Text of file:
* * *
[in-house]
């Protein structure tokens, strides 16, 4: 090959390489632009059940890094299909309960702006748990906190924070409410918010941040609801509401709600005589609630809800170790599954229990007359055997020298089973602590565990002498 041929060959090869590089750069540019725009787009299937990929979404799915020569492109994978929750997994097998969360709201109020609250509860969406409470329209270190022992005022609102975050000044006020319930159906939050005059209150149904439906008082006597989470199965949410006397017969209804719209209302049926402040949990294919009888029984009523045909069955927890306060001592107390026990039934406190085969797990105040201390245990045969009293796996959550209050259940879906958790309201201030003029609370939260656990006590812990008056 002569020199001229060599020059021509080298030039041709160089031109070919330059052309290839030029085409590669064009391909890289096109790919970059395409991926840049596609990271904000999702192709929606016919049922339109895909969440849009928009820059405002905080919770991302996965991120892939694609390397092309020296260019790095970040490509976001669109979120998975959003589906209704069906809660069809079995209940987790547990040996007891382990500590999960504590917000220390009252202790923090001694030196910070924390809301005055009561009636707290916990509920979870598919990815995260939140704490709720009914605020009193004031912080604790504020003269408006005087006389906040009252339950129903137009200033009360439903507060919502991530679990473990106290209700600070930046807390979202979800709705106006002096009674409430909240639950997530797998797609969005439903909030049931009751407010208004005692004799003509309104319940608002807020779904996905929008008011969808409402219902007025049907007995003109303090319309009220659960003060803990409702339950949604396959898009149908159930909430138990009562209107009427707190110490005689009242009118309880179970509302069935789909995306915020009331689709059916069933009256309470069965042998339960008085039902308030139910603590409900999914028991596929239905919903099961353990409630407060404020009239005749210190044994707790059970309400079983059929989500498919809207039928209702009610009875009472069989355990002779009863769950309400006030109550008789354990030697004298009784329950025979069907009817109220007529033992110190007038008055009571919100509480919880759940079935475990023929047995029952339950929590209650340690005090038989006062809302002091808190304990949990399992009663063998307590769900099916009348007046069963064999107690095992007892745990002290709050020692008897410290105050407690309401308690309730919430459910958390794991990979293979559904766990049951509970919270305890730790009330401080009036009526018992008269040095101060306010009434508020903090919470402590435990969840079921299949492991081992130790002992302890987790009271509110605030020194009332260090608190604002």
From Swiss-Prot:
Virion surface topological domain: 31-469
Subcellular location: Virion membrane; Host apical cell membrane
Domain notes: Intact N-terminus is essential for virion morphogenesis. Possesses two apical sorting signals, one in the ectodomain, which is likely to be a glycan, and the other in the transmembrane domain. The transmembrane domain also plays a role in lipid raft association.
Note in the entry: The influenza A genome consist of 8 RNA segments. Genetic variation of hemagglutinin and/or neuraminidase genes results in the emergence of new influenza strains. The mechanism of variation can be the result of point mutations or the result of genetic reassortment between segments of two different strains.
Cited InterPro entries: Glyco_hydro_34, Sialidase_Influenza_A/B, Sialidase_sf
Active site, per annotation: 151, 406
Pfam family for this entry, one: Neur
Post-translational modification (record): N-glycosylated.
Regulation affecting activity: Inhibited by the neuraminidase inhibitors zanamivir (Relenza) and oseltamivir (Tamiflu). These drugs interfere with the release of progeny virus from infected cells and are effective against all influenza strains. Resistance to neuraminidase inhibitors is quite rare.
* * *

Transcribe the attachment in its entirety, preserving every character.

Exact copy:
[in-house]
């Protein structure tokens, strides 16, 4: 090959390489632009059940890094299909309960702006748990906190924070409410918010941040609801509401709600005589609630809800170790599954229990007359055997020298089973602590565990002498 041929060959090869590089750069540019725009787009299937990929979404799915020569492109994978929750997994097998969360709201109020609250509860969406409470329209270190022992005022609102975050000044006020319930159906939050005059209150149904439906008082006597989470199965949410006397017969209804719209209302049926402040949990294919009888029984009523045909069955927890306060001592107390026990039934406190085969797990105040201390245990045969009293796996959550209050259940879906958790309201201030003029609370939260656990006590812990008056 002569020199001229060599020059021509080298030039041709160089031109070919330059052309290839030029085409590669064009391909890289096109790919970059395409991926840049596609990271904000999702192709929606016919049922339109895909969440849009928009820059405002905080919770991302996965991120892939694609390397092309020296260019790095970040490509976001669109979120998975959003589906209704069906809660069809079995209940987790547990040996007891382990500590999960504590917000220390009252202790923090001694030196910070924390809301005055009561009636707290916990509920979870598919990815995260939140704490709720009914605020009193004031912080604790504020003269408006005087006389906040009252339950129903137009200033009360439903507060919502991530679990473990106290209700600070930046807390979202979800709705106006002096009674409430909240639950997530797998797609969005439903909030049931009751407010208004005692004799003509309104319940608002807020779904996905929008008011969808409402219902007025049907007995003109303090319309009220659960003060803990409702339950949604396959898009149908159930909430138990009562209107009427707190110490005689009242009118309880179970509302069935789909995306915020009331689709059916069933009256309470069965042998339960008085039902308030139910603590409900999914028991596929239905919903099961353990409630407060404020009239005749210190044994707790059970309400079983059929989500498919809207039928209702009610009875009472069989355990002779009863769950309400006030109550008789354990030697004298009784329950025979069907009817109220007529033992110190007038008055009571919100509480919880759940079935475990023929047995029952339950929590209650340690005090038989006062809302002091808190304990949990399992009663063998307590769900099916009348007046069963064999107690095992007892745990002290709050020692008897410290105050407690309401308690309730919430459910958390794991990979293979559904766990049951509970919270305890730790009330401080009036009526018992008269040095101060306010009434508020903090919470402590435990969840079921299949492991081992130790002992302890987790009271509110605030020194009332260090608190604002």
From Swiss-Prot:
Virion surface topological domain: 31-469
Subcellular location: Virion membrane; Host apical cell membrane
Domain notes: Intact N-terminus is essential for virion morphogenesis. Possesses two apical sorting signals, one in the ectodomain, which is likely to be a glycan, and the other in the transmembrane domain. The transmembrane domain also plays a role in lipid raft association.
Note in the entry: The influenza A genome consist of 8 RNA segments. Genetic variation of hemagglutinin and/or neuraminidase genes results in the emergence of new influenza strains. The mechanism of variation can be the result of point mutations or the result of genetic reassortment between segments of two different strains.
Cited InterPro entries: Glyco_hydro_34, Sialidase_Influenza_A/B, Sialidase_sf
Active site, per annotation: 151, 406
Pfam family for this entry, one: Neur
Post-translational modification (record): N-glycosylated.
Regulation affecting activity: Inhibited by the neuraminidase inhibitors zanamivir (Relenza) and oseltamivir (Tamiflu). These drugs interfere with the release of progeny virus from infected cells and are effective against all influenza strains. Resistance to neuraminidase inhibitors is quite rare.